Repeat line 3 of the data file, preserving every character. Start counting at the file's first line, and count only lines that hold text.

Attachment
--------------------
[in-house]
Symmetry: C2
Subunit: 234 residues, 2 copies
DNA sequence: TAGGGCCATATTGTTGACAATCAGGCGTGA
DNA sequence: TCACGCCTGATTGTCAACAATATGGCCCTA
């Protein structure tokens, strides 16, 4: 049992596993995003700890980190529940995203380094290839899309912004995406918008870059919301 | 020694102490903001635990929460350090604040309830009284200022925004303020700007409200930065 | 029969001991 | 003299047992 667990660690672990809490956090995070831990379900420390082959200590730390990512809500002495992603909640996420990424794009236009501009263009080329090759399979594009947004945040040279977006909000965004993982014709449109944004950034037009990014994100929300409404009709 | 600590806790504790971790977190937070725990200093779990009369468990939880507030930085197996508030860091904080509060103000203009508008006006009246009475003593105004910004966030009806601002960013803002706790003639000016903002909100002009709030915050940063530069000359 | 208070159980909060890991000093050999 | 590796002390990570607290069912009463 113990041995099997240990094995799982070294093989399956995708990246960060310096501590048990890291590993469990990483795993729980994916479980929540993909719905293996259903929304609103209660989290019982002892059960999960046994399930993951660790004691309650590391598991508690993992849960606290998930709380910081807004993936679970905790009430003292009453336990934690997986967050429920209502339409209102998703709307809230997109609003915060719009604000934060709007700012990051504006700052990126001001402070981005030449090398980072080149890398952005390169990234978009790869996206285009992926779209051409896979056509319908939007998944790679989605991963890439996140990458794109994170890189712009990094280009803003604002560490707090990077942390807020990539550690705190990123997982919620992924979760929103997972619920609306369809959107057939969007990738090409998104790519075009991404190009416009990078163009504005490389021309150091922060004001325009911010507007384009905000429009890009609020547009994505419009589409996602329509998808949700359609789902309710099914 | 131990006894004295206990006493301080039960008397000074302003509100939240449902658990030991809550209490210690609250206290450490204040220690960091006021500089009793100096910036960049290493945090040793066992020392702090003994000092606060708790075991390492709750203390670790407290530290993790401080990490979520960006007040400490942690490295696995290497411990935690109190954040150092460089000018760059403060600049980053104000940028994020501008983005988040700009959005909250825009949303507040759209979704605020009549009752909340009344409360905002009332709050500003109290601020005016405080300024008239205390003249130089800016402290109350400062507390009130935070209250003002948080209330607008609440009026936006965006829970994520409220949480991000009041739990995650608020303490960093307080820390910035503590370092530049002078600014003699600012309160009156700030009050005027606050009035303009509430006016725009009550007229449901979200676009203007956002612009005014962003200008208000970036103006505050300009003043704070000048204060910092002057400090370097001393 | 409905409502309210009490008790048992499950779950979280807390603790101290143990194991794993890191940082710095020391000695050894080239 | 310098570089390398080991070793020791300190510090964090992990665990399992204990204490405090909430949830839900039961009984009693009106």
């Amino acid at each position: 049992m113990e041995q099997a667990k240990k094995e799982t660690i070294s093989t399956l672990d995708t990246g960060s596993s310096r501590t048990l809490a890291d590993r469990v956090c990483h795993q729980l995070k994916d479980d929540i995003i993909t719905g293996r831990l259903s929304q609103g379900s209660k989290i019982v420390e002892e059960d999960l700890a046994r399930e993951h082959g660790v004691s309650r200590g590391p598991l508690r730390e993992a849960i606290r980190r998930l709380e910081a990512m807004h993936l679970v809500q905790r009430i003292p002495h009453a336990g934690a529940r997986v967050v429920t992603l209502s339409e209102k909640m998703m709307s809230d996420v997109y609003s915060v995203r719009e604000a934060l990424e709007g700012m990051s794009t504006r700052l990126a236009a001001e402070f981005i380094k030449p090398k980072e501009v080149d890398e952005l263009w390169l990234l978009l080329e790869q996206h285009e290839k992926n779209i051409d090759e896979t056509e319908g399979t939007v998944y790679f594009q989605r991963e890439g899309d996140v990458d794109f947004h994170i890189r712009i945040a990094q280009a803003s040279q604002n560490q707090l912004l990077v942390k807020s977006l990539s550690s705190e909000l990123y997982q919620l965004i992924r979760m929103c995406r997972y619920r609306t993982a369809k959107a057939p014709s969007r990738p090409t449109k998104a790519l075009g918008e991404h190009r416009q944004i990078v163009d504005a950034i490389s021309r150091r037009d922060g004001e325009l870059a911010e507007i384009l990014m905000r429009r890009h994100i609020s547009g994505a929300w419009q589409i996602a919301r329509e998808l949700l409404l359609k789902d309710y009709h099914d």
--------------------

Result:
Subunit: 234 residues, 2 copies